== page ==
People in Blackpool, Fylde and Wyre are being urged to be alert to the warning signs and symptoms of ovarian cancer and contact their GP with any concerns. Early diagnosis saves lives.
Every year in the UK, 7,300 women are diagnosed with ovarian cancer – that’s 20 per day. A 2020 report from North West Cancer Research found that in Lancashire, ovarian cancer is 10% higher than the national average. Ovarian cancer is one of the most common types of cancer in women. It mainly affects women who have been through the menopause, but it can affect all ages.
Ian Arthur, clinical lead for cancer services and consultant obstetrician and gynaecologist for Blackpool Teaching Hospital NHS Foundation Trust, said: “If you feel constantly bloated, have a swollen tummy, feel full very quickly when eating, are needing to pee more often than usual or have discomfort in your tummy and pelvic area that lasts for three weeks or more – you should speak to your GP practice.
“You’re not overreacting, because any of these symptoms could be an early sign of ovarian cancer. It’s probably nothing serious, but finding cancer early makes it more treatable so it’s important to not ignore any of these symptoms.”
Dr Martin Hogg, consultant clinical oncologist for Lancashire Teaching Hospitals NHS Foundation Trust, said: “If you have any symptoms of ovarian cancer that do not go away for three weeks or more, you have a family history of ovarian cancer or you are worried you may be at a higher risk of getting it – please speak to your GP about your concerns.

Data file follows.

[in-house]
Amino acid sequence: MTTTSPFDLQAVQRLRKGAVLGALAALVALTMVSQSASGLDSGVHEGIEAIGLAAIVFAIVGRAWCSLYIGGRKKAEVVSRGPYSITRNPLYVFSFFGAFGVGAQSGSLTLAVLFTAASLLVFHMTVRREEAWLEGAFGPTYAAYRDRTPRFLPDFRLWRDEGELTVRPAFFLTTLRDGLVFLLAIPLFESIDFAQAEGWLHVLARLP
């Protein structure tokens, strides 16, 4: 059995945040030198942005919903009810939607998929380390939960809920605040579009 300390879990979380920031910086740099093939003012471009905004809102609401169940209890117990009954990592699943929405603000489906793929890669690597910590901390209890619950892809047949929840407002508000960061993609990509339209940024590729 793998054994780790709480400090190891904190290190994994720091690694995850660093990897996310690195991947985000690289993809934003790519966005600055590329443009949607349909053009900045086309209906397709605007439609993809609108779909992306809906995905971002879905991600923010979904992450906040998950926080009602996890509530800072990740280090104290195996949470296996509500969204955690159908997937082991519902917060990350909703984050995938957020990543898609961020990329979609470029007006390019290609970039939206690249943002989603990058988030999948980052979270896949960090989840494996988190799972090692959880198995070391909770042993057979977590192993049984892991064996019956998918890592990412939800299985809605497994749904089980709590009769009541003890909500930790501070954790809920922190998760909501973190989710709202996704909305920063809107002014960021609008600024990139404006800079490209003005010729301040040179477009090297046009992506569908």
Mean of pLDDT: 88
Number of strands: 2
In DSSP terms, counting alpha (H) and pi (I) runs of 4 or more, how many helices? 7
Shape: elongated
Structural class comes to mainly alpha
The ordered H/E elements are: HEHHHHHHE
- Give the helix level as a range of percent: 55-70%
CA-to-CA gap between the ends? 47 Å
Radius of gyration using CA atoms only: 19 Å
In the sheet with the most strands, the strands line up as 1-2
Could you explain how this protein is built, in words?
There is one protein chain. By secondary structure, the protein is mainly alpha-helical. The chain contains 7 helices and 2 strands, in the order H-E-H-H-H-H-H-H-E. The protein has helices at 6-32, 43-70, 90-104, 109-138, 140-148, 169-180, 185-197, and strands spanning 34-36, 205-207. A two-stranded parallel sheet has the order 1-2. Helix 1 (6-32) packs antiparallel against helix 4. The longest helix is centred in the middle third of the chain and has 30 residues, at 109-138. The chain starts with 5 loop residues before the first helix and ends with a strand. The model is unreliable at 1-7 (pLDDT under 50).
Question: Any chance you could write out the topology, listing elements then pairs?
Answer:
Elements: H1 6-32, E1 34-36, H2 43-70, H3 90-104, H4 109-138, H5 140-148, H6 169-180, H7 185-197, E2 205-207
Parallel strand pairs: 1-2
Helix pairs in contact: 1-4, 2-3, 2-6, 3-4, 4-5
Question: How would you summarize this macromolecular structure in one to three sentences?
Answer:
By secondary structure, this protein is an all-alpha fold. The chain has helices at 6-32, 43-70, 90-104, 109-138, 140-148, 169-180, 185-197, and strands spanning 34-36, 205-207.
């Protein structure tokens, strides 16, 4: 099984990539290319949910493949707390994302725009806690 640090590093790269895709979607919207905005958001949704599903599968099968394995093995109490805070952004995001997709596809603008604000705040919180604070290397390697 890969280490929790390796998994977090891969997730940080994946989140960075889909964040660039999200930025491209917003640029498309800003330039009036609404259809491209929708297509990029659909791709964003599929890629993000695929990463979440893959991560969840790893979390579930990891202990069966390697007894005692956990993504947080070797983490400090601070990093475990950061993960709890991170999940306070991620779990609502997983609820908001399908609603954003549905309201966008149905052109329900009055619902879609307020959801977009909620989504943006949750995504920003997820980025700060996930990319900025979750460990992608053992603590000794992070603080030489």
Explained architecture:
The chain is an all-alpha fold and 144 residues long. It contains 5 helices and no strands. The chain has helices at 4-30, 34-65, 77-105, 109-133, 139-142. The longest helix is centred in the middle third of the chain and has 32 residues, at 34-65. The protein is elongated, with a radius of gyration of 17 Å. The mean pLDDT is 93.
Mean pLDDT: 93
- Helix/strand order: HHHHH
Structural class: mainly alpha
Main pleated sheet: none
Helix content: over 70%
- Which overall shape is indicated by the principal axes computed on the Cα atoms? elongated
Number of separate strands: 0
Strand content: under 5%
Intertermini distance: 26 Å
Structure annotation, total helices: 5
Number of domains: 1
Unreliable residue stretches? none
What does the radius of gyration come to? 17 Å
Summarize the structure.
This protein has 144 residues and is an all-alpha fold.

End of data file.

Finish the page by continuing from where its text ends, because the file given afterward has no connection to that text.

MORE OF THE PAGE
“The symptoms of ovarian cancer are not always easy to recognise because some are similar to those of other conditions such as irritable bowel syndrome (IBS) – so it’s really important that you don’t ignore any potential warning signs. If you have already talked to your GP but your symptoms continue or get worse, go back to them to explain this.”
Dr Neil Smith, GP and primary care director for Lancashire and South Cumbria Cancer Alliance, said: “Your GP can assess you and perhaps run some simple tests to better understand your symptoms. It’s probably not cancer, but getting an early diagnosis could save your life. GPs like me are here to help you.
“GPs are working differently during the pandemic – we are using more phone consultations and online technology to support our patients. We can still arrange a face-to-face appointment if needed. Your GP surgery will be using all necessary precautions to reduce COVID-19 risk, and will only invite patients to attend if it is safe to do so. Your NHS is here to see you safely.”
If you need medical help from your GP practice, contact them by phone to be assessed. If you need urgent medical help, use the NHS 111 online service. If you cannot get help online, call 111. If it is a serious or life-threatening emergency, call 999. If you are told to go to hospital, it is important that you go. You should continue to attend your appointments unless you have COVID-19 symptoms or are self-isolating.
Information and advice about ovarian cancer:
- NHS UK – Signs and Symptoms of Ovarian Cancer
- Lancashire and South Cumbria’s Let’s Talk Cancer Campaign
- Cancer Research UK – About Ovarian Cancer
- Ovary-Act – About Ovarian Cancer and Awareness Campaign
- Macmillan Cancer Support – Ovarian Cancer
- The Robin Cancer Trust